After the abortion the girl is told that she will have to recover first and can come back at a later date for the stitches. Presumably this never happened, since Dutch doctors will now replace these kinds of stitches. But to have the stitches replaced; she might have traveled to Italy or the United Kingdom, where doctors are known to do this.

The Dutch Social Security system is not very well set up for the problems of Muslims. This inadvertently contributes to perpetuating the situation and keeps everyone locked in the virgins' cage.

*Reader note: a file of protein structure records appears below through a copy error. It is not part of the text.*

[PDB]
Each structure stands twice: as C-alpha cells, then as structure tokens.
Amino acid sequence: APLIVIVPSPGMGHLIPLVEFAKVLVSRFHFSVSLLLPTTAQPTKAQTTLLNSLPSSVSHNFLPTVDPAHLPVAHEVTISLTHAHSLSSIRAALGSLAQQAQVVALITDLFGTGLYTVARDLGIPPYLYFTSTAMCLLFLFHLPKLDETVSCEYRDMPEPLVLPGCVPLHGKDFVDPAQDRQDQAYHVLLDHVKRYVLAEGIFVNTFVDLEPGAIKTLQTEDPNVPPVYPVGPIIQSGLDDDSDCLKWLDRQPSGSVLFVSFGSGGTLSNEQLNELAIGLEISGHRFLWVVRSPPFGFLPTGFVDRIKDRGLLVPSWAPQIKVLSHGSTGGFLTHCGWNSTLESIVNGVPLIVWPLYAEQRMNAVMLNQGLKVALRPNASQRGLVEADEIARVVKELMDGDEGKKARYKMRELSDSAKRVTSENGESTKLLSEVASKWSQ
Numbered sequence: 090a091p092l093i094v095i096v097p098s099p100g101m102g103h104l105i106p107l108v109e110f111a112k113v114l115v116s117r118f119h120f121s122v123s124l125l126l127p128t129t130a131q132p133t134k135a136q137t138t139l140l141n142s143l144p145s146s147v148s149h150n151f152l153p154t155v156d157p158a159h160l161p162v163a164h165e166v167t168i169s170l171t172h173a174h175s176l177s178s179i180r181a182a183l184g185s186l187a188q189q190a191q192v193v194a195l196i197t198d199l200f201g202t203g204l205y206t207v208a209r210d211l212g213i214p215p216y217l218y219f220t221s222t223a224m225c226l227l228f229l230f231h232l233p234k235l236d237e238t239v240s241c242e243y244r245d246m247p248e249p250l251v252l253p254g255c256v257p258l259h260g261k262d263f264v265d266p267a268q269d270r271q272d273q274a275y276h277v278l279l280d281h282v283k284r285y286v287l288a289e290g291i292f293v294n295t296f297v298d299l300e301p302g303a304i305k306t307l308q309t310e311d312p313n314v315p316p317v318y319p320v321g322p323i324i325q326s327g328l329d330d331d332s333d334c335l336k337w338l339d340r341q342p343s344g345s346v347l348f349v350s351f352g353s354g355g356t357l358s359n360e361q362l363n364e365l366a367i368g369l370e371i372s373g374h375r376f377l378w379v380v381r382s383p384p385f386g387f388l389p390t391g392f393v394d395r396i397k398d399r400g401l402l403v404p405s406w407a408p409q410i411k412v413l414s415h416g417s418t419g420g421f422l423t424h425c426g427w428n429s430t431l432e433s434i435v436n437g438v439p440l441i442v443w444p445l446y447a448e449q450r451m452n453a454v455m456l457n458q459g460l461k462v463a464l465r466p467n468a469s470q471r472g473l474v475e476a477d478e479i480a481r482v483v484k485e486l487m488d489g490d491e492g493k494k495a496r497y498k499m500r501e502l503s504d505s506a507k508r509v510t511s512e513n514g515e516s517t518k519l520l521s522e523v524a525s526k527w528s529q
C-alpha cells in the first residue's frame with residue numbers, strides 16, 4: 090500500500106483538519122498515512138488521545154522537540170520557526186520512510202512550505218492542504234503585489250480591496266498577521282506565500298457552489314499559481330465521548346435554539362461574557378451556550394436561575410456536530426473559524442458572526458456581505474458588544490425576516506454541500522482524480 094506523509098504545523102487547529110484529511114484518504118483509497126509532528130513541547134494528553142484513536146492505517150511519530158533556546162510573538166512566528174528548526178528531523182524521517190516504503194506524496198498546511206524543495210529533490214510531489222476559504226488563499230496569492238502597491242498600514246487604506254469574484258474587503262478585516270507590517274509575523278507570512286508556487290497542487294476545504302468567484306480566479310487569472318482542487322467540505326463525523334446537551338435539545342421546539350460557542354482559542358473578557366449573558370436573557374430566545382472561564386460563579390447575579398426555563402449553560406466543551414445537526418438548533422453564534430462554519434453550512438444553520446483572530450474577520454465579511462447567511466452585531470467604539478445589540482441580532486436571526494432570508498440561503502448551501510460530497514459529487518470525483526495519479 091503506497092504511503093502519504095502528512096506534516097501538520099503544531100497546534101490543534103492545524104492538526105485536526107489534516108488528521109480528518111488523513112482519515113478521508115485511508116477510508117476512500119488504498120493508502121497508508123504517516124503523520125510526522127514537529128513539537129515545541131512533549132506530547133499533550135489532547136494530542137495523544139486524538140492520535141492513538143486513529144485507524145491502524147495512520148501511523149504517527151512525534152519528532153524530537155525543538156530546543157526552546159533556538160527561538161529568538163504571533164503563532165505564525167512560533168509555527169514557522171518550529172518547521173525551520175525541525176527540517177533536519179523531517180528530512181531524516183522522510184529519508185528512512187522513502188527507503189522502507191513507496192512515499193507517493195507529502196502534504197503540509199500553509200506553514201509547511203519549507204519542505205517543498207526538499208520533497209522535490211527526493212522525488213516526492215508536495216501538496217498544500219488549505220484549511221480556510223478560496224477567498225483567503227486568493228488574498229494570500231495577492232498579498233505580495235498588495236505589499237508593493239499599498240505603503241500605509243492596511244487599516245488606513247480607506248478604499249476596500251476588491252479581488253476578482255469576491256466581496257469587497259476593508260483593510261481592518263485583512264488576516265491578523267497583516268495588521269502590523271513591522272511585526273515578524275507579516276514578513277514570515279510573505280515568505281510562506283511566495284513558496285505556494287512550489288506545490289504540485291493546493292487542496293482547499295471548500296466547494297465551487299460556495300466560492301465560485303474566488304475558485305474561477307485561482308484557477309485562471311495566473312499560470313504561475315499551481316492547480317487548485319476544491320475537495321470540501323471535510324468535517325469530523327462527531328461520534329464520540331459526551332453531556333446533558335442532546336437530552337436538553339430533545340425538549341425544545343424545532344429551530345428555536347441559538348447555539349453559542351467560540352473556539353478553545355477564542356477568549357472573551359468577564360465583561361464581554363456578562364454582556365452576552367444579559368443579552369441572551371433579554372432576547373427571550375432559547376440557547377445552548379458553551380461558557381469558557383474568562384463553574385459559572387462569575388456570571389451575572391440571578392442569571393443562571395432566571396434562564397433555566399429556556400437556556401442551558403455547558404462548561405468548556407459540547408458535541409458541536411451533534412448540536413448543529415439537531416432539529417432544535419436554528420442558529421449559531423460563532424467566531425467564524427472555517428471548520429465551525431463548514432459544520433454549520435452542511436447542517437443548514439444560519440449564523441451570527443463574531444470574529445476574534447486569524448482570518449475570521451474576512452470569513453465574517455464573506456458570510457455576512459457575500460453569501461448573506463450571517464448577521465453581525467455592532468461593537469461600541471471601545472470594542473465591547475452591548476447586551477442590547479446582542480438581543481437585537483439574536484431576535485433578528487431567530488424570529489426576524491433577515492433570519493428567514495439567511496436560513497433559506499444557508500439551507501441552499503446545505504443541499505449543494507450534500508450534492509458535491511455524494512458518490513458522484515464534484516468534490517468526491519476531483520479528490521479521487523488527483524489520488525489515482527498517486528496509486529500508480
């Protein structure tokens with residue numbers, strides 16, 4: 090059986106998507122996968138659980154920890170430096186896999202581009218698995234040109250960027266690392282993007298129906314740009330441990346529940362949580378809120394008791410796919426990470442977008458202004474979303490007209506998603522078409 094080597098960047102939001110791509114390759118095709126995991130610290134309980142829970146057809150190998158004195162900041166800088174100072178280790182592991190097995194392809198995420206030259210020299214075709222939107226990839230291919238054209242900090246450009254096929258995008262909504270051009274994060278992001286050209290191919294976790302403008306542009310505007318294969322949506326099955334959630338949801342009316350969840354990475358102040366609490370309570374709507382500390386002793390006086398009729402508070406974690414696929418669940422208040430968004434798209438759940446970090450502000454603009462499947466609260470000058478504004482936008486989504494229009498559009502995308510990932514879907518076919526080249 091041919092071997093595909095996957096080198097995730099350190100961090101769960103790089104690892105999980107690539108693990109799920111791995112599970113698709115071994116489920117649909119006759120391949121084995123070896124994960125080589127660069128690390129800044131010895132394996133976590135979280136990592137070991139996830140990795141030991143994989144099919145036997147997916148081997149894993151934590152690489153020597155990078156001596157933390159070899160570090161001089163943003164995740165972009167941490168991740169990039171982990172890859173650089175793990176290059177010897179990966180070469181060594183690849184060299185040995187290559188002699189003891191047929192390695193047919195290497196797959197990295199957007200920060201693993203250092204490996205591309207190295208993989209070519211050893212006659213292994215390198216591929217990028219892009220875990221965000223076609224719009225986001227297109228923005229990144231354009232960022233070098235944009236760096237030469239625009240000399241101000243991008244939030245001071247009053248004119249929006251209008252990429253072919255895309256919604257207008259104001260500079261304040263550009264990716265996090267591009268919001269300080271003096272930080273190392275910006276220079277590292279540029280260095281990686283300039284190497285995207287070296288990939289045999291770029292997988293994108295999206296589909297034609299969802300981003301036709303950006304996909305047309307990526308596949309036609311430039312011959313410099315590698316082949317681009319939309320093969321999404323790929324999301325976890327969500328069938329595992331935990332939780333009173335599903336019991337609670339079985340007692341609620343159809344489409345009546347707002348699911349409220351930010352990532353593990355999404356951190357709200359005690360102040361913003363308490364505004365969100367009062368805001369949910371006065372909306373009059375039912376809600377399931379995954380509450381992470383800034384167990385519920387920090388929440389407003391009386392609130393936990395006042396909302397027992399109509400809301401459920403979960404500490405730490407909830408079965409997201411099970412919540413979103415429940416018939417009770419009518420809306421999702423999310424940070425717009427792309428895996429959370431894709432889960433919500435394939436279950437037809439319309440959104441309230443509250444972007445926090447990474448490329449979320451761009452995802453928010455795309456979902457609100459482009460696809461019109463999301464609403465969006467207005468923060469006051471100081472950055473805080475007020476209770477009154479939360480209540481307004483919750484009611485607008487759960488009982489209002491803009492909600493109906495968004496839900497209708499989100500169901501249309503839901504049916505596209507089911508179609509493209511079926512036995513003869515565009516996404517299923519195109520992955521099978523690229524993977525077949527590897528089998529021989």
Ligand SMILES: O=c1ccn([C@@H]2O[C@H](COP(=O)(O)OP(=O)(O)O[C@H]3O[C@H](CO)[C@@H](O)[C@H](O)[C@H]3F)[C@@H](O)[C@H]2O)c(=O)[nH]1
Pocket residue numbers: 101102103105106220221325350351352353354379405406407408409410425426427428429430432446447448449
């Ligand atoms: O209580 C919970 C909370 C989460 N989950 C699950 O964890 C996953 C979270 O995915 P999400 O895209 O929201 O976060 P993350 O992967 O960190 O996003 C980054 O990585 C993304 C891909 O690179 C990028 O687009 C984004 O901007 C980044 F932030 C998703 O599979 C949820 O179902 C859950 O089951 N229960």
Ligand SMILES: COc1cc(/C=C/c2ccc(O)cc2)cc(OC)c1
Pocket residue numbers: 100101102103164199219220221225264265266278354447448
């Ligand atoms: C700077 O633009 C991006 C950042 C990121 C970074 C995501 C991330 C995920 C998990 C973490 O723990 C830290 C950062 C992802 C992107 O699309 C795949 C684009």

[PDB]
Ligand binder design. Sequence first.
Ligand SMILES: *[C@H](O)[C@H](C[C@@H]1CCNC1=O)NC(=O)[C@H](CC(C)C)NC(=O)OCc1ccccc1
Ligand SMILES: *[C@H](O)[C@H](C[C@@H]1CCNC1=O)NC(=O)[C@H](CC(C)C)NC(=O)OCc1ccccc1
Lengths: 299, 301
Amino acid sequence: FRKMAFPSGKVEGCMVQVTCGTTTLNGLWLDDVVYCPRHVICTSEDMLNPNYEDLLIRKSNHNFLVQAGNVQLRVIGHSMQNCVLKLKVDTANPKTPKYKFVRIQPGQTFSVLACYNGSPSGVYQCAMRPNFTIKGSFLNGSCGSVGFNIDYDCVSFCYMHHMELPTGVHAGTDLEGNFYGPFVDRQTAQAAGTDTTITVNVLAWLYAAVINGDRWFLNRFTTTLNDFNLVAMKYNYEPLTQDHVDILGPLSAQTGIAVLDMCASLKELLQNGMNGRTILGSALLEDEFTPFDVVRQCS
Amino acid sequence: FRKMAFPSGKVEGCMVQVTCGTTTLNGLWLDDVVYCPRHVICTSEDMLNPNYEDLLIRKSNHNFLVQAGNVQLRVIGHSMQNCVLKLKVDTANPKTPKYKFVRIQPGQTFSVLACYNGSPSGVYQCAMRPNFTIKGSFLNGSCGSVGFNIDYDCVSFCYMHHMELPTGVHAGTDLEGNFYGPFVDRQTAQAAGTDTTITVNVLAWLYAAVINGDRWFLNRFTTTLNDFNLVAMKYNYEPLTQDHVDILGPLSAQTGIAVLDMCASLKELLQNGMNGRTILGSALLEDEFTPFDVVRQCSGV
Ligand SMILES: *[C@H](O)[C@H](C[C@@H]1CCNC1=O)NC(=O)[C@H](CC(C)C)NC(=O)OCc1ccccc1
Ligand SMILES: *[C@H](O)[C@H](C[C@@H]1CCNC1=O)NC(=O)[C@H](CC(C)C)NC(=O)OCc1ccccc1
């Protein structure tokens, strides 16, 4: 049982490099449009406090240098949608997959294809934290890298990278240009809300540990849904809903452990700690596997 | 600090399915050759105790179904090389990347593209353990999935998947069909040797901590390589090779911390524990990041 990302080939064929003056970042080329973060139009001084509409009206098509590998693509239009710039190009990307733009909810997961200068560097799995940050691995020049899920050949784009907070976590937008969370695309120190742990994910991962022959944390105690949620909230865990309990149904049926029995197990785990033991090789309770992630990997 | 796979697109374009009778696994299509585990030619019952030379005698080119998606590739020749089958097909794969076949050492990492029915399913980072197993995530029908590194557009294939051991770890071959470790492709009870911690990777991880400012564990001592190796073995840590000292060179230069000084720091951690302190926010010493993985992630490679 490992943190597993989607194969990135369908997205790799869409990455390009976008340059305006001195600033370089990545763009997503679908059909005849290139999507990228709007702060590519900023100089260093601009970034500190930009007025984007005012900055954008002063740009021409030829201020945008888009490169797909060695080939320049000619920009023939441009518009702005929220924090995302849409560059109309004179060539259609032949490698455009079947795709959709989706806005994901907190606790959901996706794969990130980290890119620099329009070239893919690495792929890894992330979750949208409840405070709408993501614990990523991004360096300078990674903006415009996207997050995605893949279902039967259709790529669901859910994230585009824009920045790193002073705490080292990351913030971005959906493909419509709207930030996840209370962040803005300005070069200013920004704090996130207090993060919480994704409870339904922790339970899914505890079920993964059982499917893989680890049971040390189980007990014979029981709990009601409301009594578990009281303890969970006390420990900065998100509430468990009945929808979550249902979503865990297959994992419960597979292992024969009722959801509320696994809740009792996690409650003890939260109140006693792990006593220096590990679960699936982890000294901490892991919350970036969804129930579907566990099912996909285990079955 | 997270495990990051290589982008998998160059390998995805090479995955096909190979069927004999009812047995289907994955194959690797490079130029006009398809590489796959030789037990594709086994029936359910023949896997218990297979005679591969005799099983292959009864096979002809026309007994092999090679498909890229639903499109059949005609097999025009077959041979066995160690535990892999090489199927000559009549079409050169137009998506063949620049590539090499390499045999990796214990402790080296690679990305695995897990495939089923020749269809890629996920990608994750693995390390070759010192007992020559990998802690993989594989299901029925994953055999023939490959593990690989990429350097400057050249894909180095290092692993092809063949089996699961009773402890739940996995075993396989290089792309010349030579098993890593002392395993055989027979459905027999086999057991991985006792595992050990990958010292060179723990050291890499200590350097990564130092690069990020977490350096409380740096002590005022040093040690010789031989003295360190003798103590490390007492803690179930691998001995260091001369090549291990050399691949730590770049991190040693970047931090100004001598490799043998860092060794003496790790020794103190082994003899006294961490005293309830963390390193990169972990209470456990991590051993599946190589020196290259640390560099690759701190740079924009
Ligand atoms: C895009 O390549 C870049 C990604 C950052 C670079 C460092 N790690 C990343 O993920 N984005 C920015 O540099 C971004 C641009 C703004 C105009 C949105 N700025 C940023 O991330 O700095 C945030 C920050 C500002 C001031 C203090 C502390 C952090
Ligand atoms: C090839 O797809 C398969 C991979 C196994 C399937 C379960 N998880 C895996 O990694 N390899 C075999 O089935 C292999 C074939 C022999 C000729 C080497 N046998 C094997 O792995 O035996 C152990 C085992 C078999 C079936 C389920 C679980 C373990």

Dutch psychologists are, quite rightly, used to treating their patients as individuals. In my interpreting days I witnessed how they also used this approach with Muslim women. An important question was always: 'What would you like yourself?" Many women simply did not know. They would sit, quiet as a mouse, and shrug their shoulders. "What my husband wants," they might say timidly, or "As Allah wishes." And there were even women who would answer: "Whatever you think is right." They had never learned to want anything for themselves. "What would you like for your children? What decision would you like to take for them?" They had not learned this either, so did not know how to answer. The social workers did not understand them; they were puzzled and frustrated. As a last resort they referred these women to other agencies, but there is a limit to how often this can be done.